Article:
Strategies

Policies and programs that work

33 Strategies
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Activity programs for older adults

Offer group educational, social, creative, musical, or physical activities that promote social interactions, regular attendance, and community involvement among older adults
Scientifically Supported
  • Diet and Exercise
  • Family and Social Support

Adult vocational training

Support acquisition of job-specific skills through education, certification programs, or on-the-job training, often with personal development resources and other supports
Scientifically Supported
  • Employment

Ban the Box

Prohibit criminal history questions on job applications and postpone background checks
Mixed Evidence
  • Employment

Birthing Project SisterFriends

Provide one-on-one advice, education, and emotional and social support to women of color, by volunteer women of color, during pregnancy and for one year after birth
Insufficient Evidence
  • Family and Social Support

Bridge programs for hard-to-employ adults

Provide basic skills (e.g., reading, math, writing, English language, or soft skills) and industry-specific training with other supports; also called occupationally contextualized basic education programs
Expert Opinion
  • Education
  • Employment

Career pathways programs

Provide occupation-specific training for low-skilled individuals in high-growth industries, with education and supports, usually with stackable credentials and work experience opportunities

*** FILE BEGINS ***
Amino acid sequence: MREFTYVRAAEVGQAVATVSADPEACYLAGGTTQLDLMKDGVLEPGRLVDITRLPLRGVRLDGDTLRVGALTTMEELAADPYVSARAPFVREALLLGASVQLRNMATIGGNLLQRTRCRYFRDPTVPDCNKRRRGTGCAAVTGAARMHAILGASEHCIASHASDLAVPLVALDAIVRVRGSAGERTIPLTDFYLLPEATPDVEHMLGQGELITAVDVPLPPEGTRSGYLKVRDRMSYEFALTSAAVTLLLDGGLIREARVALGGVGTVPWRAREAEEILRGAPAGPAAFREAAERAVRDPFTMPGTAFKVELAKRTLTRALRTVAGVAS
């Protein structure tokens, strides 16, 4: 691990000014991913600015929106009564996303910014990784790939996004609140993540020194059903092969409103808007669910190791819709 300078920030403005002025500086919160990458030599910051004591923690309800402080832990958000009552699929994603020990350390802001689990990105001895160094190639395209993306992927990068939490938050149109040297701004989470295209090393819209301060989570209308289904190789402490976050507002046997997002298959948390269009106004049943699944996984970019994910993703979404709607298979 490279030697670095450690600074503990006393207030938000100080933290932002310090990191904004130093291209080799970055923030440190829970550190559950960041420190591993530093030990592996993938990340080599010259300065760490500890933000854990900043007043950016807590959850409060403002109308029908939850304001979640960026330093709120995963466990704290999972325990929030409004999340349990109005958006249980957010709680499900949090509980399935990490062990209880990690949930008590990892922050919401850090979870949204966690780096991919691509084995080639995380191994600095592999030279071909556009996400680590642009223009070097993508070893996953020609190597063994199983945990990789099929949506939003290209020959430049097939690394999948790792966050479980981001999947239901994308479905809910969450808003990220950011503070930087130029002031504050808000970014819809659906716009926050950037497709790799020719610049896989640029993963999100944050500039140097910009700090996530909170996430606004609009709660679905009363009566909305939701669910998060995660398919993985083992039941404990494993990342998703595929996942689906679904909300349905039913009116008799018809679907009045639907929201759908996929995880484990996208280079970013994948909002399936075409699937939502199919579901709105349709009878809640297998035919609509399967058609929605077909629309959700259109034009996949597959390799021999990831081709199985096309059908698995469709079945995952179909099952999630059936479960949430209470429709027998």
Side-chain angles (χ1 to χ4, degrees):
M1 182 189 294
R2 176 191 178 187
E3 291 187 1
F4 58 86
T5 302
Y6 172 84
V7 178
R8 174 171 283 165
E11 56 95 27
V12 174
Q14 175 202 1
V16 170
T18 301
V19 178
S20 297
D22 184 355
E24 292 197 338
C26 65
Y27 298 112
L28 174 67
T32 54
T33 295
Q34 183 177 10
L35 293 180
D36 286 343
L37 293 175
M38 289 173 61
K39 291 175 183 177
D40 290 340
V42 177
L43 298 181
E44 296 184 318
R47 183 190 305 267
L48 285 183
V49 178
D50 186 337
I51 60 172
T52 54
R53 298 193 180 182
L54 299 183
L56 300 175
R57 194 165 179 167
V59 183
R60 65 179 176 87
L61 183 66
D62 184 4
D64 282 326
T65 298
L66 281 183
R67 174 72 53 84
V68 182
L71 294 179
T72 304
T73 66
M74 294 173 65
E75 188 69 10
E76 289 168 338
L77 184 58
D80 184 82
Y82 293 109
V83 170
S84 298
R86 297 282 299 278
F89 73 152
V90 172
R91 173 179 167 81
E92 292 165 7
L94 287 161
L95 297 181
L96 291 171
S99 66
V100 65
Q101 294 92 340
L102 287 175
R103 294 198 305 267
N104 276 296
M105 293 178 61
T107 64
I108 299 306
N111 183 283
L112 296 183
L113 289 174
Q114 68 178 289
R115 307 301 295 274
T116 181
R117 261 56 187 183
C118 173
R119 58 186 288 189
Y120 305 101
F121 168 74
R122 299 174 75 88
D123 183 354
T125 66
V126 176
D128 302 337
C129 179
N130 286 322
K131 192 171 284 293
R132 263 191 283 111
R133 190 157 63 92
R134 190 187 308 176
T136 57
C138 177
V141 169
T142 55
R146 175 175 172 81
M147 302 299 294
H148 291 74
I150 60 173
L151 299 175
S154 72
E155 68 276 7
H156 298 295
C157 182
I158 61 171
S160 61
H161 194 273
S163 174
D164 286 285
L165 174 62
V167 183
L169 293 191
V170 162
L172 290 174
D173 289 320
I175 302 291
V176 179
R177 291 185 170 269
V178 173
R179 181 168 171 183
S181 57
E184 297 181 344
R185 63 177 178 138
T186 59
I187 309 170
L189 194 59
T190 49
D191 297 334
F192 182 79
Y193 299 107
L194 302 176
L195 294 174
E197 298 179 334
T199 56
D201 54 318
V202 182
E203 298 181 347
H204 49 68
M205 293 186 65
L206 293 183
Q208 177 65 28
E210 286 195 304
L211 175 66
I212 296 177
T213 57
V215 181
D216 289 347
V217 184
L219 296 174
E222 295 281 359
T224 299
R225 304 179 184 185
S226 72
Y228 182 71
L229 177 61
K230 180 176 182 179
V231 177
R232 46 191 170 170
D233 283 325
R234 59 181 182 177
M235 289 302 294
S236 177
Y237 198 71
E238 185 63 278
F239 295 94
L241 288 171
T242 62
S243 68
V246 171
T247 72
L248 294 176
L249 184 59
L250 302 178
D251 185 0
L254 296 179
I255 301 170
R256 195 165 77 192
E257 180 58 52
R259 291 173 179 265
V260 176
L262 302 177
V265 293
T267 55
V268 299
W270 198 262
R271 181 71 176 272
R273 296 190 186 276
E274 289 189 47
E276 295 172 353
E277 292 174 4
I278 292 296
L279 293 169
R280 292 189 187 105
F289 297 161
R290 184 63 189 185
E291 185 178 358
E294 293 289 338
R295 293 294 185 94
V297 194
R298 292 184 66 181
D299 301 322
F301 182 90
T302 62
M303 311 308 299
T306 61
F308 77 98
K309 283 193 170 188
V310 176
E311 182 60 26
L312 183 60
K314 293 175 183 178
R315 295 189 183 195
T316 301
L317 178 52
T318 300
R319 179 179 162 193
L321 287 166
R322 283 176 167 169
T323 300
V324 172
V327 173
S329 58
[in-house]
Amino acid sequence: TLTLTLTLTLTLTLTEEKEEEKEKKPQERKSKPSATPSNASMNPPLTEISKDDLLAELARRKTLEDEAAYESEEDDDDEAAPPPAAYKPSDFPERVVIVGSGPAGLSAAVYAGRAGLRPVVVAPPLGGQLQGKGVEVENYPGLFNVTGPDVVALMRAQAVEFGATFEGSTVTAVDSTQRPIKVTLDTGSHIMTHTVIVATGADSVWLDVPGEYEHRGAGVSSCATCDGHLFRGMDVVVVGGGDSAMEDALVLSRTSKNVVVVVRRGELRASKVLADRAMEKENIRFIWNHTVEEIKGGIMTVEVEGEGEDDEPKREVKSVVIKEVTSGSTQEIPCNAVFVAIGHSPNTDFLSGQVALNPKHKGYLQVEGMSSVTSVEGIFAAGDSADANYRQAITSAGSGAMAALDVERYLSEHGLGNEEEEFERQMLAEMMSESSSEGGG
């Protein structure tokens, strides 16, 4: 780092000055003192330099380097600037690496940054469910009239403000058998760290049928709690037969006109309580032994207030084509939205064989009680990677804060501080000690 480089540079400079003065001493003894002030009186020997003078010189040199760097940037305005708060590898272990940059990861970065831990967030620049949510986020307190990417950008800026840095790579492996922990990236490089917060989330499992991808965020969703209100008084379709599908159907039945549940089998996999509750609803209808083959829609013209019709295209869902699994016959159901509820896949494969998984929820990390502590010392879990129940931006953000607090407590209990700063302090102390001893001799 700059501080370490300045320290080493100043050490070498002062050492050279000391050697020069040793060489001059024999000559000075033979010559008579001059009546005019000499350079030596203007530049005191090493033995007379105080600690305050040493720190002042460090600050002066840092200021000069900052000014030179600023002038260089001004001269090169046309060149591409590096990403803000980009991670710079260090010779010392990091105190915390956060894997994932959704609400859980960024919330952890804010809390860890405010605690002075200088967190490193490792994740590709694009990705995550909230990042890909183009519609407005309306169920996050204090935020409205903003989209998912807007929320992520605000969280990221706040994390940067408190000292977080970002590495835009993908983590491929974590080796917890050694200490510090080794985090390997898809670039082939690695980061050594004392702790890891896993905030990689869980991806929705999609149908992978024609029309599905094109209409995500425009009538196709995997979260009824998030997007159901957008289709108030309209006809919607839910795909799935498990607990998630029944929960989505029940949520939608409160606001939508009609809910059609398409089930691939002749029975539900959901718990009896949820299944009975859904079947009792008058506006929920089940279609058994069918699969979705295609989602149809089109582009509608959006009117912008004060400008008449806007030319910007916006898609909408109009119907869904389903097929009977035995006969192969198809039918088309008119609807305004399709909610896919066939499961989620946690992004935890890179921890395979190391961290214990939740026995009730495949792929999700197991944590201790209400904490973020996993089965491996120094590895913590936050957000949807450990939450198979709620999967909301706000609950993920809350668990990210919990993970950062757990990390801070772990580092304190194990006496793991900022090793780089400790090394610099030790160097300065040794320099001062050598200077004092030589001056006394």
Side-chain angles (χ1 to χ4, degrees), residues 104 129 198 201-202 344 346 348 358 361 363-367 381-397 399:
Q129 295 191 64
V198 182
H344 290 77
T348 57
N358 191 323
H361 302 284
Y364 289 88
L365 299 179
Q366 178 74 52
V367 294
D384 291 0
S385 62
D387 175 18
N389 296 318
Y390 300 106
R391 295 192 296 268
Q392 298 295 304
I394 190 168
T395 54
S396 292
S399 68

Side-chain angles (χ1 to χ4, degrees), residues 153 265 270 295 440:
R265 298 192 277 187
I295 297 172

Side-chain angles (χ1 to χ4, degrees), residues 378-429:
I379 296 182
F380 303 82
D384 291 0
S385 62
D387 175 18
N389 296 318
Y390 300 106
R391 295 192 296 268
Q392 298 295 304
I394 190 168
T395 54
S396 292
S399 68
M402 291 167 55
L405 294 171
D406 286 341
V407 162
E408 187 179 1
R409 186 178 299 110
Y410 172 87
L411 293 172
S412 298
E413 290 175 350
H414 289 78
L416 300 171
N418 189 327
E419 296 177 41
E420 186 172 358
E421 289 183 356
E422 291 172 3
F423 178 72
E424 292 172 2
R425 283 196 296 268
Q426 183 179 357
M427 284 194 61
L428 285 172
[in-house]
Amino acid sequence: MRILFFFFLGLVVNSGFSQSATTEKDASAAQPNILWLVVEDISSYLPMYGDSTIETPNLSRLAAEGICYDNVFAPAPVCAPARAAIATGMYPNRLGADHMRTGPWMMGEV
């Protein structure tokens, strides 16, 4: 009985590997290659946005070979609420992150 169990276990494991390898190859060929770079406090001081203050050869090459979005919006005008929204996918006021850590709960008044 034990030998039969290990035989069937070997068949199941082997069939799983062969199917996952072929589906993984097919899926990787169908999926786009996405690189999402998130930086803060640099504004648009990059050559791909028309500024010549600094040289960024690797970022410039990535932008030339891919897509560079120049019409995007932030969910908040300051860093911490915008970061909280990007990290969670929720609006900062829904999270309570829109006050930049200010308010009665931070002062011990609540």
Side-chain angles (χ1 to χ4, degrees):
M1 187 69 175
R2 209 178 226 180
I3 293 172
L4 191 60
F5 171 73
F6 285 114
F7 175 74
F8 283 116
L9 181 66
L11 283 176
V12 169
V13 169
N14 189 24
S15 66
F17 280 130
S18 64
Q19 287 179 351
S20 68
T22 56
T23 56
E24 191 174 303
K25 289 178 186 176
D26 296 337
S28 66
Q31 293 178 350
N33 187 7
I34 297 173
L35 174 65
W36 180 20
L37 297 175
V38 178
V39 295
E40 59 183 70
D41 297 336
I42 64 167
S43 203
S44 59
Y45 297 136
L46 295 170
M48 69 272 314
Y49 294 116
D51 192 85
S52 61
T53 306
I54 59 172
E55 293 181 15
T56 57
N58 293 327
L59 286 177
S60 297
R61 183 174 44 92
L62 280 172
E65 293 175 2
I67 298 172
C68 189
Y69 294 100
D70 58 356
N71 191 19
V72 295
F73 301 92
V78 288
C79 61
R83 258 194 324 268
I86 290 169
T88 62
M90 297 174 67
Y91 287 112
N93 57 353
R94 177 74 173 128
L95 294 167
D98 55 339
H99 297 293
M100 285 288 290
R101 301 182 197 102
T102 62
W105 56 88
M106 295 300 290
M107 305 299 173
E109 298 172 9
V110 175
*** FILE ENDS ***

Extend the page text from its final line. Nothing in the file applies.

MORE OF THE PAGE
Expert Opinion
  • Employment

Community arts programs

Support locally-based visual, media, and performing arts initiatives for children and adults; also called participatory arts programs
Expert Opinion
  • Family and Social Support

Community centers

Support community venues that facilitate local residents’ efforts to socialize, participate in recreational or educational activities, gain information, and seek counseling or support services
Expert Opinion
  • Family and Social Support

Crisis lines

Provide free and confidential counseling and service referrals via telephone-based conversation, web-based chat, or text message to individuals in crisis, particularly those with severe mental health concerns
Some Evidence
  • Family and Social Support

Cross-age youth peer mentoring

Establish an ongoing relationship between an older youth or young adult and a younger child or adolescent, usually an elementary or middle school student
Some Evidence
  • Family and Social Support